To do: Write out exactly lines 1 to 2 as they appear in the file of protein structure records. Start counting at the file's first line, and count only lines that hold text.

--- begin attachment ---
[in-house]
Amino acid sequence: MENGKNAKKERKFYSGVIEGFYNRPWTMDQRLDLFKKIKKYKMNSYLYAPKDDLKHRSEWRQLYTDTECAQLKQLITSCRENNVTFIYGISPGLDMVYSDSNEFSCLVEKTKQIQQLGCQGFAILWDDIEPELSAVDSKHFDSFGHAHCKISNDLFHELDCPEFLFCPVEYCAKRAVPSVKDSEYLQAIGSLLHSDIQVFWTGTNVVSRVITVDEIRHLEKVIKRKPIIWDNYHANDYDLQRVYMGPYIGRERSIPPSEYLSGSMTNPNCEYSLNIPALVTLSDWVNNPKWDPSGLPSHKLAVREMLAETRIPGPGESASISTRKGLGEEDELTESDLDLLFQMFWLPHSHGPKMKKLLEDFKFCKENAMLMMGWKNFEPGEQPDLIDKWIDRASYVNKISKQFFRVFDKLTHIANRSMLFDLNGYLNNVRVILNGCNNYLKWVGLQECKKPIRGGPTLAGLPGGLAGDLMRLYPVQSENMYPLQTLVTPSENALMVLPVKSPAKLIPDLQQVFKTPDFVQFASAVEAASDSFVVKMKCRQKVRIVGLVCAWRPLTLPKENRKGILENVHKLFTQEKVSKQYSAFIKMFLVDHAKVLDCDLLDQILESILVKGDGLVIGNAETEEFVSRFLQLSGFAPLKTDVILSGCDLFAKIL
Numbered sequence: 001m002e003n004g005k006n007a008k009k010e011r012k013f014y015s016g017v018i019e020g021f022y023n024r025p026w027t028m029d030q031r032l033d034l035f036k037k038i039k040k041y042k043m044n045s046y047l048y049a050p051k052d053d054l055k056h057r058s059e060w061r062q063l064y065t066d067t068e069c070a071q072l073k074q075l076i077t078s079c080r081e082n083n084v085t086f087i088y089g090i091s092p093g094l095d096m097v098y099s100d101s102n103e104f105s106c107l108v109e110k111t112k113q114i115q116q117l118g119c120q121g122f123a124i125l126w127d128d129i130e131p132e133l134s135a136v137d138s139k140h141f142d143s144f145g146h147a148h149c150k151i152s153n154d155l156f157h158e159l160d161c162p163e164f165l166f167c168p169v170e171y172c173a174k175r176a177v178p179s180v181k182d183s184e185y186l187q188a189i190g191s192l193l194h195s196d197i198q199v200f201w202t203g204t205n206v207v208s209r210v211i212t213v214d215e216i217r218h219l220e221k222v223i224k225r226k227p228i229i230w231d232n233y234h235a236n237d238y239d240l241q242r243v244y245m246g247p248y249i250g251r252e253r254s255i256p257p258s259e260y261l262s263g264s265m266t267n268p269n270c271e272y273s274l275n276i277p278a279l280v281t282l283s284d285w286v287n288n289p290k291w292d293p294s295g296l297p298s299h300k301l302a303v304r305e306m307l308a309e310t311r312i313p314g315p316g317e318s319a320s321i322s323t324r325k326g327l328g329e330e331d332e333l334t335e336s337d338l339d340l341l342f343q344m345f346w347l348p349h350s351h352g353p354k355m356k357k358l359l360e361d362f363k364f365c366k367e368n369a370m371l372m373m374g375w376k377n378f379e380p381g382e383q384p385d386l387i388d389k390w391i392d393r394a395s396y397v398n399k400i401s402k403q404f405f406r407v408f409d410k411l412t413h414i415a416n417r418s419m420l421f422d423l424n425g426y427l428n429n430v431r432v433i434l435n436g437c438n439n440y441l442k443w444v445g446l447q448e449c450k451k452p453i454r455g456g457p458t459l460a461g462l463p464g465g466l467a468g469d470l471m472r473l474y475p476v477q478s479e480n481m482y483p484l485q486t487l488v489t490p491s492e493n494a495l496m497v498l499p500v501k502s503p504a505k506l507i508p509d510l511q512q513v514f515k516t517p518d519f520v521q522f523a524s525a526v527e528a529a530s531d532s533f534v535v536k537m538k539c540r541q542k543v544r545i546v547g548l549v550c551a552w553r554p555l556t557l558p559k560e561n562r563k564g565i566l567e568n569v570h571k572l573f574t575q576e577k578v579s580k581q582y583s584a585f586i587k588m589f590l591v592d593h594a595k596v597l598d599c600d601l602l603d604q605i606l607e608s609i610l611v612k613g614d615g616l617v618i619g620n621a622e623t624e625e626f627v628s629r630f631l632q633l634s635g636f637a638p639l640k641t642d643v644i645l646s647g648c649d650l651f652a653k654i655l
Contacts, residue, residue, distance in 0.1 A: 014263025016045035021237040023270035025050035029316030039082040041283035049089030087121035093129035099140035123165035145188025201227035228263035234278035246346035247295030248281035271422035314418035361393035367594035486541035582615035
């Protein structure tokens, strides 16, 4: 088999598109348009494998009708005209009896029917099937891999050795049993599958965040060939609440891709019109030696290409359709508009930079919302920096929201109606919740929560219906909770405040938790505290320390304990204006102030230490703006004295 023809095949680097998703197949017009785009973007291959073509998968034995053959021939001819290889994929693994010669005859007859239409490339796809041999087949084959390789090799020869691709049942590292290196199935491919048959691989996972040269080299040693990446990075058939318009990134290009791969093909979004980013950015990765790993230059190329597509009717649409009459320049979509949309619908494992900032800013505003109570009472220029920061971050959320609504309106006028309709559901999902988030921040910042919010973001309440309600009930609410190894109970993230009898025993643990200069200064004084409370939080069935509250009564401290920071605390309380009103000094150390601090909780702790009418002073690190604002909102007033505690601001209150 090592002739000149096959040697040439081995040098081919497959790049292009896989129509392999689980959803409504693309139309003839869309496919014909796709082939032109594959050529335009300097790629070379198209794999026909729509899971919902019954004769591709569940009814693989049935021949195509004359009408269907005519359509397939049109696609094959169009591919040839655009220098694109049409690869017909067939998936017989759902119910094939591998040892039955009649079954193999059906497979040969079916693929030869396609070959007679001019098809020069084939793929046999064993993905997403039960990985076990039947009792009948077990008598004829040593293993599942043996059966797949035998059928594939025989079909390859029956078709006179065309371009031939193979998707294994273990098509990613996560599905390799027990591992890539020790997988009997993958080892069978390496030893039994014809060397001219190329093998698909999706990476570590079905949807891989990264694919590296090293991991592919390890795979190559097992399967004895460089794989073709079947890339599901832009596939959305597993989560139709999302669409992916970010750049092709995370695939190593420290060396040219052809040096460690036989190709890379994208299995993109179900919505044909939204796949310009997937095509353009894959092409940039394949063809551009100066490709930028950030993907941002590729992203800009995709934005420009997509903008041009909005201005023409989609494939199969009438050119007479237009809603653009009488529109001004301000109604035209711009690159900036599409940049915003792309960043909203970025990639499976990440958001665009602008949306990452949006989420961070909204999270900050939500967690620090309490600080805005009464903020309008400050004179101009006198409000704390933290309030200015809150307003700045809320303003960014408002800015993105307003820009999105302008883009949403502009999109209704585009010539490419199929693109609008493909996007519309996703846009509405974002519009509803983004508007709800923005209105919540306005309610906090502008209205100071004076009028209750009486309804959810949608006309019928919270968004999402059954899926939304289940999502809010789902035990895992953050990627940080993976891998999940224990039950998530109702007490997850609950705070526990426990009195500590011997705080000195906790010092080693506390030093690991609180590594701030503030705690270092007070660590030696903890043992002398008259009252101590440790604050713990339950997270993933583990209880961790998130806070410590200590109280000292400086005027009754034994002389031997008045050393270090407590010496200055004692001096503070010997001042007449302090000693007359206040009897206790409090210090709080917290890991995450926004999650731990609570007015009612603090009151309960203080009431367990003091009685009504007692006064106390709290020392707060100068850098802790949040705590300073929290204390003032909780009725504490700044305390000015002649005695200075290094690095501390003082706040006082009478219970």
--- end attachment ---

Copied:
[in-house]
Amino acid sequence: MENGKNAKKERKFYSGVIEGFYNRPWTMDQRLDLFKKIKKYKMNSYLYAPKDDLKHRSEWRQLYTDTECAQLKQLITSCRENNVTFIYGISPGLDMVYSDSNEFSCLVEKTKQIQQLGCQGFAILWDDIEPELSAVDSKHFDSFGHAHCKISNDLFHELDCPEFLFCPVEYCAKRAVPSVKDSEYLQAIGSLLHSDIQVFWTGTNVVSRVITVDEIRHLEKVIKRKPIIWDNYHANDYDLQRVYMGPYIGRERSIPPSEYLSGSMTNPNCEYSLNIPALVTLSDWVNNPKWDPSGLPSHKLAVREMLAETRIPGPGESASISTRKGLGEEDELTESDLDLLFQMFWLPHSHGPKMKKLLEDFKFCKENAMLMMGWKNFEPGEQPDLIDKWIDRASYVNKISKQFFRVFDKLTHIANRSMLFDLNGYLNNVRVILNGCNNYLKWVGLQECKKPIRGGPTLAGLPGGLAGDLMRLYPVQSENMYPLQTLVTPSENALMVLPVKSPAKLIPDLQQVFKTPDFVQFASAVEAASDSFVVKMKCRQKVRIVGLVCAWRPLTLPKENRKGILENVHKLFTQEKVSKQYSAFIKMFLVDHAKVLDCDLLDQILESILVKGDGLVIGNAETEEFVSRFLQLSGFAPLKTDVILSGCDLFAKIL